SBIR Phase I: Advanced Manufacturing of Hybrid Wafers and Devices

Award Information
Agency:
National Science Foundation
Branch
n/a
Amount:
$100,000.00
Award Year:
2007
Program:
SBIR
Phase:
Phase I
Contract:
0638229
Award Id:
84685
Agency Tracking Number:
0638229
Solicitation Year:
n/a
Solicitation Topic Code:
n/a
Solicitation Number:
n/a
Small Business Information
2500 CENTRAL AVE., Ste. 205, Boulder, CO, 80301
Hubzone Owned:
N
Minority Owned:
N
Woman Owned:
N
Duns:
940915358
Principal Investigator:
Randolph Treece
PhD
(303) 413-1440
rtreece@astraluxinc.com
Business Contact:
Randolph Treece
PhD
(303) 413-1440
rtreece@astraluxinc.com
Research Institute:
n/a
Abstract
This Small Business Innovation Research (SBIR) Phase I project addresses an approach to incorporate the advantages of SiC devices with the incumbent advantages of Si processing and circuit technology to form hybrid circuits which will enable advanced power conversion systems. The multi-kilowatt power loads handled by the processors leads to the generation of high thermal loads which must be be transported away from the active area of the devices. The hybrid circuits will be made by attaching SiC power devices to a revolutionary, highly-thermally-conductive hybrid substrate, and driving the power devices with Si circuits on the same chip so that the heat generated in the SiC devices can be efficiently carried away from the active area. This unique substrate is a Si-on-SiC hybrid wafer comprised of a very thin Si membrane (~1 micron) that has been sliced from a Si wafer and attached to a SiC wafer. The general hybrid circuit technology being developed could be applied to both lower power systems (1-30kW) and higher power systems (30kW to MW systems), as well as RF systems from the kHz to GHz. The proposed planar hybrid circuits can lead to improved power conversion and inverter systems, as well as circuitry that could lead to improved computer processors. The hybrid wafers and devices will lead to decreased power consumption and waste heat in power systems critical to United States electricity grid and infrastructure.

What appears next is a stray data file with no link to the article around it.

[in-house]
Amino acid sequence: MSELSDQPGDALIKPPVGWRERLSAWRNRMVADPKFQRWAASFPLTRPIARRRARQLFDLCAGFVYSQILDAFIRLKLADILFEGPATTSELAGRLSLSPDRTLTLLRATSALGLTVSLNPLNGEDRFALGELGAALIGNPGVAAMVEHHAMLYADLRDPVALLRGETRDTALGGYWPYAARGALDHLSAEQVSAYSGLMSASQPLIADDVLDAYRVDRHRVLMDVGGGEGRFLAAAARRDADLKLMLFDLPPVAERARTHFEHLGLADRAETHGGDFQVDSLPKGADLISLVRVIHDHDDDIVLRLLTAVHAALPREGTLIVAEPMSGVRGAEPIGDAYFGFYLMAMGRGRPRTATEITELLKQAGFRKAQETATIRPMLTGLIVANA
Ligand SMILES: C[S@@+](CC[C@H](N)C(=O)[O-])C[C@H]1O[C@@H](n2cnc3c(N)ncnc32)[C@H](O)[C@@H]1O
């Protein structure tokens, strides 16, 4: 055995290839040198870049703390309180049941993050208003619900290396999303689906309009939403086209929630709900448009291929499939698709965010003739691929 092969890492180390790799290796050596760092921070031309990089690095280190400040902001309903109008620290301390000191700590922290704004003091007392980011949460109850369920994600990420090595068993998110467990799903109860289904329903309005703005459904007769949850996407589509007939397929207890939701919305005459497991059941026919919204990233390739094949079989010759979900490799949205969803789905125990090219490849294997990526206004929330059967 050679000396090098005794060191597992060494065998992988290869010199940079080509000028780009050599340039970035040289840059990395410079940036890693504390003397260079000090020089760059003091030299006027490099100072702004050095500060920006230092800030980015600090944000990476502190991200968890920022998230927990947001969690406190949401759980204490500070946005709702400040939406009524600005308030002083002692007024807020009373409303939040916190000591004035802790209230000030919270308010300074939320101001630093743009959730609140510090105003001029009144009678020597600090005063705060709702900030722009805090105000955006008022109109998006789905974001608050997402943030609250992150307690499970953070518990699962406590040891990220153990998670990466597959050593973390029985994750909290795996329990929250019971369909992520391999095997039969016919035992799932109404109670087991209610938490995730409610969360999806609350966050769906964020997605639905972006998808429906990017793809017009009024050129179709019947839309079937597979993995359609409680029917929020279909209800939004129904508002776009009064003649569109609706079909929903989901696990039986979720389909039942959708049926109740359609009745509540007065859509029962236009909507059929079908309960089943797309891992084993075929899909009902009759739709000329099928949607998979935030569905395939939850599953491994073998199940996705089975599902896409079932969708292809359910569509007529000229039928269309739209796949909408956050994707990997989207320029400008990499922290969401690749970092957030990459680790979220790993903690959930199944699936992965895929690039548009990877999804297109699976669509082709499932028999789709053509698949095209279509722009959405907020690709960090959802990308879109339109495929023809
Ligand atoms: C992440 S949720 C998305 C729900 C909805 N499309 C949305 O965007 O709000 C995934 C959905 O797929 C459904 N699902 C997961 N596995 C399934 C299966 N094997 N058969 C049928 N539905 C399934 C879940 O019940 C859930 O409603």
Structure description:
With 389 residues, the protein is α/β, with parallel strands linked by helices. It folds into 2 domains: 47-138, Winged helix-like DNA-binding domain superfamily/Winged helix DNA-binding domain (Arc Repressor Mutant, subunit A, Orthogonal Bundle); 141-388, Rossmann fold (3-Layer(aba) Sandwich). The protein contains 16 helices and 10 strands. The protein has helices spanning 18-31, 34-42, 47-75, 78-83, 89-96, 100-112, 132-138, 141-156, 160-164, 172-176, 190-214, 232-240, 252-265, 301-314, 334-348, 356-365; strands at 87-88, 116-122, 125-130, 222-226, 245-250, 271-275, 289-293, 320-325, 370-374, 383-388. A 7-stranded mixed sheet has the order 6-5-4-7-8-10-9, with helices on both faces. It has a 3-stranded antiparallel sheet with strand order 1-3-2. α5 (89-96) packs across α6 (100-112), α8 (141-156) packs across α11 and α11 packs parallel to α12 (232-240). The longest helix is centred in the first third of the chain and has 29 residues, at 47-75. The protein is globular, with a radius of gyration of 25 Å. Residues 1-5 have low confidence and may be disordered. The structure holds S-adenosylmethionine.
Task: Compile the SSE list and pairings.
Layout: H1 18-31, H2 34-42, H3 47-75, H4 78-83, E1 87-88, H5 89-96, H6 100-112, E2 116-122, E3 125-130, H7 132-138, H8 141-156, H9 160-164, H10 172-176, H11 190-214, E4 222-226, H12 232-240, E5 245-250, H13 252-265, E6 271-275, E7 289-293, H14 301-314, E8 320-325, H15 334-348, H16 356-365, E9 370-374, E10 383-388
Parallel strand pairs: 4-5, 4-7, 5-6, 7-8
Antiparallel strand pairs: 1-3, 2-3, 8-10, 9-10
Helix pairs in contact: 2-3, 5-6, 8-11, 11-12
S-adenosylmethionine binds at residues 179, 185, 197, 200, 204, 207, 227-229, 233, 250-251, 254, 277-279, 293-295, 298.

* information listed above is at the time of submission.

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